P4C (Philosophy for Children)
At St Anne’s CE Lydgate, we use the Philosophy for Children (P4C) approach to help our pupils to develop into effective, critical and creative thinkers and to take responsibility for their own learning in a caring and collaborative environment.
Our aim is to help our pupils to develop the basic skills and dispositions that will enable them to contribute as responsible and resilient citizens of the future. Throughout school, we create caring classroom situations where children learn to listen to and respect each other. We make links between matters of personal concern such as love, growing up, friendship, bullying and fairness and more general philosophical issues such as change, personal identity, free will, space, time and truth. Where possible, links are made to other curriculum areas so that children can deepen their understanding of what can sometimes be quite complex subject matter.
Children and their teacher share a stimulus for discussion in the form of images, stories, film clips or a physical resource. The children take thinking time to devise their own questions and then discuss them. The questions get deeper and more thoughtful. The pupils’ discussions become more disciplined and focused yet, at the same time, more imaginative. They care more about what others say but don’t accept easy answers and begin to challenge one another’s thinking. They develop the ability to recognise differences and explore them constructively –developing a philosophical community of enquiry.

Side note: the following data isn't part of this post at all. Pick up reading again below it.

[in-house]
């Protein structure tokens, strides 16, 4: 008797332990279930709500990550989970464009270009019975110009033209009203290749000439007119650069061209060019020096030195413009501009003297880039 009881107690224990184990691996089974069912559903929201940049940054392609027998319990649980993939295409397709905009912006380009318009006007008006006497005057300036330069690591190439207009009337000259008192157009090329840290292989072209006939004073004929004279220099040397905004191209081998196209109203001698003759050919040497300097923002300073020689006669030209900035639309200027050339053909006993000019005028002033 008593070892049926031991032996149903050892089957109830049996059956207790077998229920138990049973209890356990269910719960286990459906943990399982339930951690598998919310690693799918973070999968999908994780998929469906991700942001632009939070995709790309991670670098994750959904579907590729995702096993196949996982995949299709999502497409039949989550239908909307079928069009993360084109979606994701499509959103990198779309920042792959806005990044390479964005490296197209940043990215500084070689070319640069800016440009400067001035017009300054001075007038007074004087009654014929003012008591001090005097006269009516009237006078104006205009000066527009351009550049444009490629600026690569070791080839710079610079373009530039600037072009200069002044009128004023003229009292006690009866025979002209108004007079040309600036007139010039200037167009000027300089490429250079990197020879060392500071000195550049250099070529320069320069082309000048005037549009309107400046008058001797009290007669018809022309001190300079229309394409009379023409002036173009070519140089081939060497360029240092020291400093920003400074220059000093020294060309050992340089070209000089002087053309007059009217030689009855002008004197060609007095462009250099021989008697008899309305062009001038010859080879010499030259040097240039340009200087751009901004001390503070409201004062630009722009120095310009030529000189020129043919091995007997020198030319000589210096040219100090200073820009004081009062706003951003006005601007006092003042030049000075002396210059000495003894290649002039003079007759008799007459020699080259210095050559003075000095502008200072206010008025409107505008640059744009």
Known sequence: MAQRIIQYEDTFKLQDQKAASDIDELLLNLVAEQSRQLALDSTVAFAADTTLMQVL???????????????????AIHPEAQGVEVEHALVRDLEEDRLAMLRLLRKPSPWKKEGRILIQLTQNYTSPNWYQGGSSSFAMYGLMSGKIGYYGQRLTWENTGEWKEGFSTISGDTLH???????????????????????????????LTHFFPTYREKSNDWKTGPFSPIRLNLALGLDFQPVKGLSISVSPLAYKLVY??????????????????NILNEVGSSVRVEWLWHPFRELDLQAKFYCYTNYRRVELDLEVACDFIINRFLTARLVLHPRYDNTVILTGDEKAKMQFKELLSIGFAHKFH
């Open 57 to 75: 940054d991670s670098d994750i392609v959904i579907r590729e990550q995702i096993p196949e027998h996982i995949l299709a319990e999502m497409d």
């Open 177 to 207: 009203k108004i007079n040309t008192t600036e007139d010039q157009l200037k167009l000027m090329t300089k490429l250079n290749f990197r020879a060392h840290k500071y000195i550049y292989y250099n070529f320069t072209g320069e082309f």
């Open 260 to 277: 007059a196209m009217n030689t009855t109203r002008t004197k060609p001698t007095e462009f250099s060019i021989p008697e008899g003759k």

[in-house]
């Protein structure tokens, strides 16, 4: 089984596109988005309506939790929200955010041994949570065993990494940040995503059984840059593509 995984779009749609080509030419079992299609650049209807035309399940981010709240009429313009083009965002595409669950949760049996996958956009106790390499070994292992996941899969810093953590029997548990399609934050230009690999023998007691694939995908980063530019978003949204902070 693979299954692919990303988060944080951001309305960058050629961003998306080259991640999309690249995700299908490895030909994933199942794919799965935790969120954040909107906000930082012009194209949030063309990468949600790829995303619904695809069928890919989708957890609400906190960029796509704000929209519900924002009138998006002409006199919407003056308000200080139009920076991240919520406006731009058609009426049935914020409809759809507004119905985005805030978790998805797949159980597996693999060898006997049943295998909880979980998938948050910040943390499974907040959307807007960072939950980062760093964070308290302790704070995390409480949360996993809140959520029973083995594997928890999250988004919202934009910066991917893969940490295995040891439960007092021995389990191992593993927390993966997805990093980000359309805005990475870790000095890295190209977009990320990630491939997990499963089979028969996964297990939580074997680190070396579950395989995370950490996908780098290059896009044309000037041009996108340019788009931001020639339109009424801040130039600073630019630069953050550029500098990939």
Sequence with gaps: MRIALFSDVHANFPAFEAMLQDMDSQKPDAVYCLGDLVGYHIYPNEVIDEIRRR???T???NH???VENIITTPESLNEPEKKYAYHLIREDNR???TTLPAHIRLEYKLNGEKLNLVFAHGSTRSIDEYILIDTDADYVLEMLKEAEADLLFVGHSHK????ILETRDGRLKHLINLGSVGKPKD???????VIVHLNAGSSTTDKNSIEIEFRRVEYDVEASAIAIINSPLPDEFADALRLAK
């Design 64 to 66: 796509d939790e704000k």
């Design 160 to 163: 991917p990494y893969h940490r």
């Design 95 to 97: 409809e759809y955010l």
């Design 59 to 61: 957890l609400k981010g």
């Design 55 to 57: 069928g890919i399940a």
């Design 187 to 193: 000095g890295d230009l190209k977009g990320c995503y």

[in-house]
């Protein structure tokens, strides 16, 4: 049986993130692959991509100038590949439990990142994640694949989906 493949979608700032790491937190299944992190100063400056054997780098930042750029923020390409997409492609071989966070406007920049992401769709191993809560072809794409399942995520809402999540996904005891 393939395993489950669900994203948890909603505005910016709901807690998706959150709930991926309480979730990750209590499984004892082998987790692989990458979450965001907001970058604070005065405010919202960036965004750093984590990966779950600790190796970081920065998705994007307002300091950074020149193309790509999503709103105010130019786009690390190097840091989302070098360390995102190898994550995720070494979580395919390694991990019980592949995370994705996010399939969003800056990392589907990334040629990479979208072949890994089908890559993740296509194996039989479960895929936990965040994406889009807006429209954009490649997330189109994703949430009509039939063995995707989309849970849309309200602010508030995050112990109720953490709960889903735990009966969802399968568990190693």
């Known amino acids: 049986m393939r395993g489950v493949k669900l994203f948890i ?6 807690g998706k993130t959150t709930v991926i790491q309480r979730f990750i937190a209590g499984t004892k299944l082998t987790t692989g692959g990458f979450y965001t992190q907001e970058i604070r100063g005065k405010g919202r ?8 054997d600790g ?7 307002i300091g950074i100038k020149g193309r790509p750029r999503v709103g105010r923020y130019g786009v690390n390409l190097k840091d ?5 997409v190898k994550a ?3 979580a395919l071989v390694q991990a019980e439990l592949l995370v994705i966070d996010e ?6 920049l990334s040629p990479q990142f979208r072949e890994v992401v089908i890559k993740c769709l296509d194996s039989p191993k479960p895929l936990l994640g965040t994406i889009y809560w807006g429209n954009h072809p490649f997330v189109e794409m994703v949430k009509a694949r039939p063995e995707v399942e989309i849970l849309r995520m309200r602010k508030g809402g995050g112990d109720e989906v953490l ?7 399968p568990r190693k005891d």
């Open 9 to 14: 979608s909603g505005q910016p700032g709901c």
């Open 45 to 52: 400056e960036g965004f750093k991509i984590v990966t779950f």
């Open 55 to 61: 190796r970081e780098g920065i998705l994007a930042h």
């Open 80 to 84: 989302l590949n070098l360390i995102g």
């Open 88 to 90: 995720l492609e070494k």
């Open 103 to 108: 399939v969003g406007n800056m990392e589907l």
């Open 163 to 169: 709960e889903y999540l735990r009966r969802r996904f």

What does a session entail?
- A structured session starts with a stimulus.
- Children are encouraged to draw on their imagination to ask a question based on wonderment (I wonder why…?).
- Children make a collective decision on the question they are most interested in.
- The discussion starts but is then not contained. It follows its own path guided by the children’s thoughts and ideas, agreeing and disagreeing, but always giving a reason for their point of view.
Outcomes for children
- To learn to think before they speak and give reasons for what they say.
- To value their views and the views of others.
- Not taking things personally.
- To learn respect and negotiation.
- To learn not to be fearful.
Other outcomes – beyond Philosophy for Children
- Impact on other areas of the curriculum.
- Lots of ideas for creative writing.
- Creates an enquiring classroom in all areas of the curriculum.
- Affects personal skills, and behaviour in the playground.
- Develops skills necessary for positions of responsibility (school council, worship leaders etc).
- Listening and reasoning skills.
Developing children’s abilities to ask their own thoughtful questions, P4C helps to enhance the quality of learning and raise standards of attainment and achievement. Our whole school approach is recognised nationally through SAPERE, the educational charity responsible for the development of P4C in the UK. All staff have been trained in P4C.